HUMANS will be able to replace their entire bodies within 50 years, allowing greatly extended lifespans and enhanced abilities, according to a leading transhumanist writer.
Transhumanists believe humans can and should use technology to artificially augment their capabilities. Natasha Vita-More is Executive Director of Humanity+, formerly the World Transhumanist Association, and is one of the co-authors of the 1998 Transhumanist Declaration.
Speaking to Express.co.uk she said: “We certainly do need to upgrade our biology and Ive been speaking about this for 30-something years.
“The fact that our biology is vulnerable. We exist on a daily basis with an incredible vulnerable vehicle, our bodies, that anything could go wrong at any time.
“As far as genetic engineering goes weve seen great work done with certain diseases like Tay-Sachs and sickle-cell anemia, certain cancers, certain diseases that handicap us.
“Other gene therapies are in the works and there still needs to be far more work in this area and I think most of us will be undergoing gene therapy as soon as it comes online as needed.
“Say 50 years from now I think well be looking at alternative bodies and we can see that really growing in the field of prosthetics.”
Transhumanists think Humans lifespans can be radically extended, with many believing ageing can be reversed and death from disease abolished.
Ms Vita-More argued future humans will look to backup the content of their brains as an insurance policy against death or injury.
She asserted: “It is essential our memories be stored some place.
“Currently our memories are stored in our brain but thats vulnerable. We have hackers all the time in our brains and those are called viruses and disease.
“Disease is constantly hacking our neurons so in order to protect that we need to have copies of it, we need to back it up and you see certain industry leaders like Google looking at how to back up the brain.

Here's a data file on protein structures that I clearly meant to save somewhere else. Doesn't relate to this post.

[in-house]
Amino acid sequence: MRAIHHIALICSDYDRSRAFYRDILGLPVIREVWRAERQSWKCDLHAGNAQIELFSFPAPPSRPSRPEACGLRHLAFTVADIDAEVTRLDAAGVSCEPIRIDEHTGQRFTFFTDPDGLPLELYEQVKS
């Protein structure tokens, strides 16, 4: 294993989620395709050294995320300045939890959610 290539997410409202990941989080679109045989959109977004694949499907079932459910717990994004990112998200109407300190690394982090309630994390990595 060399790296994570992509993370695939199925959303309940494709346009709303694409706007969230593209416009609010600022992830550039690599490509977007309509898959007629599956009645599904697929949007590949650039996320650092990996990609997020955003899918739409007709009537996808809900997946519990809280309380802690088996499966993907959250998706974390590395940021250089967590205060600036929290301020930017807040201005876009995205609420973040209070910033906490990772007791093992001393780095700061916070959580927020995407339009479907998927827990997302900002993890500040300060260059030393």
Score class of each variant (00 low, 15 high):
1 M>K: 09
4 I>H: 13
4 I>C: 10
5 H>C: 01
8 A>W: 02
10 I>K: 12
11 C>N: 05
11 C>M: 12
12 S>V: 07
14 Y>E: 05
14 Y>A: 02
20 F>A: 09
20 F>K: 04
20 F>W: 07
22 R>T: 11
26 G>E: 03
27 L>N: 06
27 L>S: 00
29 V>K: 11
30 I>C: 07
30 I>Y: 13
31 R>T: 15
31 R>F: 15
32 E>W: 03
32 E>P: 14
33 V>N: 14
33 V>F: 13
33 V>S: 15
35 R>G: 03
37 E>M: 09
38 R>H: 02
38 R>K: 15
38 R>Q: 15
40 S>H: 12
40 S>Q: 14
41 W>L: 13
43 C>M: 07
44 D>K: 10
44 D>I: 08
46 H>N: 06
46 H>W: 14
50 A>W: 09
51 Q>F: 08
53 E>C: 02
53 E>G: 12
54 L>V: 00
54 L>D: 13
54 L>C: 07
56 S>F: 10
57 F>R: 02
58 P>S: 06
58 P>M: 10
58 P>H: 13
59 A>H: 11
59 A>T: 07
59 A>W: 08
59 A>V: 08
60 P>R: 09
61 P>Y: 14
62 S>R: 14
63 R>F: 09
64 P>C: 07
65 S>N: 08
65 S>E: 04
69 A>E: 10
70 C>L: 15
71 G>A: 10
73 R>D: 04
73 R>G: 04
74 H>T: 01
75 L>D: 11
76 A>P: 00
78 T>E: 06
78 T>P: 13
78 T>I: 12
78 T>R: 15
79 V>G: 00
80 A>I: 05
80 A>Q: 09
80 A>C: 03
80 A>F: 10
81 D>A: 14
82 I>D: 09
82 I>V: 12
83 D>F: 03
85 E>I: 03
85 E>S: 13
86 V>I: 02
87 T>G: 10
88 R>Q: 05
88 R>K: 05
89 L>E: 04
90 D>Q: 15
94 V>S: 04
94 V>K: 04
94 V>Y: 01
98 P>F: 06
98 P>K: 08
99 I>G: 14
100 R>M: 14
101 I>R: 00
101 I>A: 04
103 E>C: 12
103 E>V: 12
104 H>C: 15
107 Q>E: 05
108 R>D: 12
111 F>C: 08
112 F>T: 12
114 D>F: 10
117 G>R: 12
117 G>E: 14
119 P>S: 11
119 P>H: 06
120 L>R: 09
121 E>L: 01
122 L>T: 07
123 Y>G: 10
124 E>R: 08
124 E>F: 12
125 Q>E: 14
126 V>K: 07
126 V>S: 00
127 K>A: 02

“I see uploading as a necessary technology for not only backing up the brain but as a means for us to go into different environments.
“Were currently in this physical/material world, this biosphere, there are other worlds yet to be explored just as were looking at space exploration.
“Another area is virtual reality, augmented reality, all these other systems even in games to go into games and participate as yourself taking on an avatar or maybe something else.”
Asked about those who might object, on religious or moral grounds, to radical life extension Ms Vita-More expressed confidence their arguments would be overcome.
She commented: “I think its largely religious but I think it is also innate.
“I think the narrative is engrained in culturalization, it seems to be endemic across cultures.
“Given that plus the largest percentage of people on our planet are religious that puts a damper on it too. However it doesnt prevent it.
“It could be interesting if we see religious doctrines changing a little bit to include life extension and changing as weve seen with divorce.
“If you believe an afterlife it doesnt have to happen at exactly a certain time. Maybe instead of 90 as a lifespan maybe 300 if you want to go that route.
“So well see a realisation that religions have to keep up with the state of society and their members within that.”
Ms Vita-More is also an advisor to the Singularity University and co-editor and contributing author to The Transhumanist Reader: Classical and Contemporary Essays on the Science, Technology, and Philosophy of the Human Future.
Asked what most excites her about the future she replied: “I would like to totally reengineer my body, its not available yet but Id like to have a whole new body thats smoothly integrated not only with narrow artificial intelligence (AI) but with artificial general intelligence and Id like to have a metabrain where Id have AI working with me like a best friend or cohort.”